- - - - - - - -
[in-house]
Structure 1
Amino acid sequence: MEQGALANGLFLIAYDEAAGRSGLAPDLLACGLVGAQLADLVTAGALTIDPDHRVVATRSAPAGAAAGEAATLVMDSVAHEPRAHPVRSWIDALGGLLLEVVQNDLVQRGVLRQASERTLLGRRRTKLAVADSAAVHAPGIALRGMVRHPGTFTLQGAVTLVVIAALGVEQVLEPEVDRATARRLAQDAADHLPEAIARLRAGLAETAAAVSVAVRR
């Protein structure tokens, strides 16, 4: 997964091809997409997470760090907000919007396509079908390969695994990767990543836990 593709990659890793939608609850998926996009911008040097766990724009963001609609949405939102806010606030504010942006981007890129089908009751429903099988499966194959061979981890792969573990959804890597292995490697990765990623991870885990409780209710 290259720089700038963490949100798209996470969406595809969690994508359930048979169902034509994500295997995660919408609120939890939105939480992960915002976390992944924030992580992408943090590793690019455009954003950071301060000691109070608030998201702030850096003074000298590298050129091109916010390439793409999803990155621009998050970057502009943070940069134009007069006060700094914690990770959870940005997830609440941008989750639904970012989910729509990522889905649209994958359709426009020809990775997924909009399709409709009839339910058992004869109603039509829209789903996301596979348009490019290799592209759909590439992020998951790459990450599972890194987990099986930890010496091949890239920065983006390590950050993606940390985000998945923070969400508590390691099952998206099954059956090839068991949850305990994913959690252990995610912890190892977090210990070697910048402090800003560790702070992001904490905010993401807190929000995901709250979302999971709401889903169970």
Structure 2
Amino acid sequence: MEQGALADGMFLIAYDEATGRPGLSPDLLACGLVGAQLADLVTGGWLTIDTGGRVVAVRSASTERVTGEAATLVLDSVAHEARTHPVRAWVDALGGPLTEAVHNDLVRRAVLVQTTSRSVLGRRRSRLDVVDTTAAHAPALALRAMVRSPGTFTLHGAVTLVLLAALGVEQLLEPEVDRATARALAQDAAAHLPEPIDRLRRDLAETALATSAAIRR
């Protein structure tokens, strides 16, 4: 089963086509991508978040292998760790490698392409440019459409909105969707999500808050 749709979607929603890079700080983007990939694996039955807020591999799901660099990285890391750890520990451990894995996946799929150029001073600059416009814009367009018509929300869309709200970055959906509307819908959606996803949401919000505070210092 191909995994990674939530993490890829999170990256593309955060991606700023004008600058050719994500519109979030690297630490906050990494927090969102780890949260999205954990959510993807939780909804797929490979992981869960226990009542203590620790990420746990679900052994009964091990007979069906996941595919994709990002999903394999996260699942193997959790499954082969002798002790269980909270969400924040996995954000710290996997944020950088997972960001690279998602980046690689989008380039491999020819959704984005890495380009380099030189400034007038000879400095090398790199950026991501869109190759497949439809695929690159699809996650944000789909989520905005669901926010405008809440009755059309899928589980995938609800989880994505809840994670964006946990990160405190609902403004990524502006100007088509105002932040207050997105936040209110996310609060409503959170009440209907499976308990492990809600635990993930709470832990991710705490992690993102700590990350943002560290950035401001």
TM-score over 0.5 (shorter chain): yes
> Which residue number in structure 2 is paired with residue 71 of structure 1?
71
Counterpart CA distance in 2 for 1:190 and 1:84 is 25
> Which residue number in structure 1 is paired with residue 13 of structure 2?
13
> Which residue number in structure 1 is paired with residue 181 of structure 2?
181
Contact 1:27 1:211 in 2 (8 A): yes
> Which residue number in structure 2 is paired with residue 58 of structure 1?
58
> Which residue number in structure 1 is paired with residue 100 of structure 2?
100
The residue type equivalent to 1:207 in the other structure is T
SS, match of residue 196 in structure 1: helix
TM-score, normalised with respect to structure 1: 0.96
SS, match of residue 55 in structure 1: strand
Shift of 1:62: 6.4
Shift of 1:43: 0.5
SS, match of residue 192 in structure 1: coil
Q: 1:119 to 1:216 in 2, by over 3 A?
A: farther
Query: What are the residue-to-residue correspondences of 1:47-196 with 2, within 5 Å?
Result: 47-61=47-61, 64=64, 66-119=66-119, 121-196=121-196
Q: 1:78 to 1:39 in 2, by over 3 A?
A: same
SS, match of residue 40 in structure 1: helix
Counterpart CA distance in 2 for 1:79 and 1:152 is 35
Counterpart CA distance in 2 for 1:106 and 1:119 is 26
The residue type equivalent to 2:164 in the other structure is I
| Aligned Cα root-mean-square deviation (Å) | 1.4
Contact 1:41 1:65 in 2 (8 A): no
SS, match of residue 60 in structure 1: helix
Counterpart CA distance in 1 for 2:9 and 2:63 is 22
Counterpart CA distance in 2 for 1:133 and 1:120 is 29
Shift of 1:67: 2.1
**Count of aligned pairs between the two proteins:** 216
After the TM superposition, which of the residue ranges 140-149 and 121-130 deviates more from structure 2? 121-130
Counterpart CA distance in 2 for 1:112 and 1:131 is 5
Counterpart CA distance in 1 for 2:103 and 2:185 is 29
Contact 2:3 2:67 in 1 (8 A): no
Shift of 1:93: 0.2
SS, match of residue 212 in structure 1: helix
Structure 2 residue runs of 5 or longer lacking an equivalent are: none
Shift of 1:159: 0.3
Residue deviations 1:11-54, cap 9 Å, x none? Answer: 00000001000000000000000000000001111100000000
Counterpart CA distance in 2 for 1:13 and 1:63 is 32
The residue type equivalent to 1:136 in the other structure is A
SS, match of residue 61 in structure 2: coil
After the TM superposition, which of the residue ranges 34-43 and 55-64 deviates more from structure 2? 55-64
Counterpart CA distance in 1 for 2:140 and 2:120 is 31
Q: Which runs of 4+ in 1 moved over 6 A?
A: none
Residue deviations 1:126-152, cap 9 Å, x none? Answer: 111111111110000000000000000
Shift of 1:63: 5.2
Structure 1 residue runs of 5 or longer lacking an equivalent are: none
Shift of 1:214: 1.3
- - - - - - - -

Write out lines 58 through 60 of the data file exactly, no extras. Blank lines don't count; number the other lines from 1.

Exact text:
Counterpart CA distance in 1 for 2:140 and 2:120 is 31
Q: Which runs of 4+ in 1 moved over 6 A?
A: none